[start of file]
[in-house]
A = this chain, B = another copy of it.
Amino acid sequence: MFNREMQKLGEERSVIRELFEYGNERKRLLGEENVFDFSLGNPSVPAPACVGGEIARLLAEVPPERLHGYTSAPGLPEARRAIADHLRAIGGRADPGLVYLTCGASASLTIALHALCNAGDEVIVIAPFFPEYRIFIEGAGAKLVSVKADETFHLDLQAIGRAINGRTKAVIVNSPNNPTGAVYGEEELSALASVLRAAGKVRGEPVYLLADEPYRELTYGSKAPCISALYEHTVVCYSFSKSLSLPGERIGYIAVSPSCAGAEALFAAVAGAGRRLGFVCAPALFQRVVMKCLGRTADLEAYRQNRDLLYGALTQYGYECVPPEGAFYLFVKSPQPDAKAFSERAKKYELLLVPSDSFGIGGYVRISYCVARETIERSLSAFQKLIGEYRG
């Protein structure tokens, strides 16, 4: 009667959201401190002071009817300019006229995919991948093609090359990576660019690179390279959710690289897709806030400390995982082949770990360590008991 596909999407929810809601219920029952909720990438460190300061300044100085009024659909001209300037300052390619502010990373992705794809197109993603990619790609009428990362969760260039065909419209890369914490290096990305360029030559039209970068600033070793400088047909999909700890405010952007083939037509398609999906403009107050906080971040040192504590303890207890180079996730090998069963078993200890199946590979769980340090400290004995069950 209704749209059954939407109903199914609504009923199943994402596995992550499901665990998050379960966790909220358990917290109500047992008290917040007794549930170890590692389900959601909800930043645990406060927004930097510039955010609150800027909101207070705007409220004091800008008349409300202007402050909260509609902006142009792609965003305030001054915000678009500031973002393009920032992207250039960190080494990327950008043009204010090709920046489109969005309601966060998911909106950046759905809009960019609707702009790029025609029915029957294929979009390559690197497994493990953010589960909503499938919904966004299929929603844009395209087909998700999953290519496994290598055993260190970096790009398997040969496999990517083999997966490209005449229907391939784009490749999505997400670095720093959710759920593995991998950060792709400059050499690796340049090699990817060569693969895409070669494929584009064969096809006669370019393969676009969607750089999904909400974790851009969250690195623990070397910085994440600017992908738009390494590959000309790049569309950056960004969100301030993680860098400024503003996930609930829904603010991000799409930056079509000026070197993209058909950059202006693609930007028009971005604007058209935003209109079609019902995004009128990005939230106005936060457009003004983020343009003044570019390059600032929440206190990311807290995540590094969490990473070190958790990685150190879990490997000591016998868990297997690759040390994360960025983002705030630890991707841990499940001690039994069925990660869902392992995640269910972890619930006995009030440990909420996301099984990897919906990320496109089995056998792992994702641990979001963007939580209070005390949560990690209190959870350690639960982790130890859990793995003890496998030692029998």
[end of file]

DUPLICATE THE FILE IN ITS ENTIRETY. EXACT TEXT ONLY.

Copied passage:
[in-house]
A = this chain, B = another copy of it.
Amino acid sequence: MFNREMQKLGEERSVIRELFEYGNERKRLLGEENVFDFSLGNPSVPAPACVGGEIARLLAEVPPERLHGYTSAPGLPEARRAIADHLRAIGGRADPGLVYLTCGASASLTIALHALCNAGDEVIVIAPFFPEYRIFIEGAGAKLVSVKADETFHLDLQAIGRAINGRTKAVIVNSPNNPTGAVYGEEELSALASVLRAAGKVRGEPVYLLADEPYRELTYGSKAPCISALYEHTVVCYSFSKSLSLPGERIGYIAVSPSCAGAEALFAAVAGAGRRLGFVCAPALFQRVVMKCLGRTADLEAYRQNRDLLYGALTQYGYECVPPEGAFYLFVKSPQPDAKAFSERAKKYELLLVPSDSFGIGGYVRISYCVARETIERSLSAFQKLIGEYRG
């Protein structure tokens, strides 16, 4: 009667959201401190002071009817300019006229995919991948093609090359990576660019690179390279959710690289897709806030400390995982082949770990360590008991 596909999407929810809601219920029952909720990438460190300061300044100085009024659909001209300037300052390619502010990373992705794809197109993603990619790609009428990362969760260039065909419209890369914490290096990305360029030559039209970068600033070793400088047909999909700890405010952007083939037509398609999906403009107050906080971040040192504590303890207890180079996730090998069963078993200890199946590979769980340090400290004995069950 209704749209059954939407109903199914609504009923199943994402596995992550499901665990998050379960966790909220358990917290109500047992008290917040007794549930170890590692389900959601909800930043645990406060927004930097510039955010609150800027909101207070705007409220004091800008008349409300202007402050909260509609902006142009792609965003305030001054915000678009500031973002393009920032992207250039960190080494990327950008043009204010090709920046489109969005309601966060998911909106950046759905809009960019609707702009790029025609029915029957294929979009390559690197497994493990953010589960909503499938919904966004299929929603844009395209087909998700999953290519496994290598055993260190970096790009398997040969496999990517083999997966490209005449229907391939784009490749999505997400670095720093959710759920593995991998950060792709400059050499690796340049090699990817060569693969895409070669494929584009064969096809006669370019393969676009969607750089999904909400974790851009969250690195623990070397910085994440600017992908738009390494590959000309790049569309950056960004969100301030993680860098400024503003996930609930829904603010991000799409930056079509000026070197993209058909950059202006693609930007028009971005604007058209935003209109079609019902995004009128990005939230106005936060457009003004983020343009003044570019390059600032929440206190990311807290995540590094969490990473070190958790990685150190879990490997000591016998868990297997690759040390994360960025983002705030630890991707841990499940001690039994069925990660869902392992995640269910972890619930006995009030440990909420996301099984990897919906990320496109089995056998792992994702641990979001963007939580209070005390949560990690209190959870350690639960982790130890859990793995003890496998030692029998």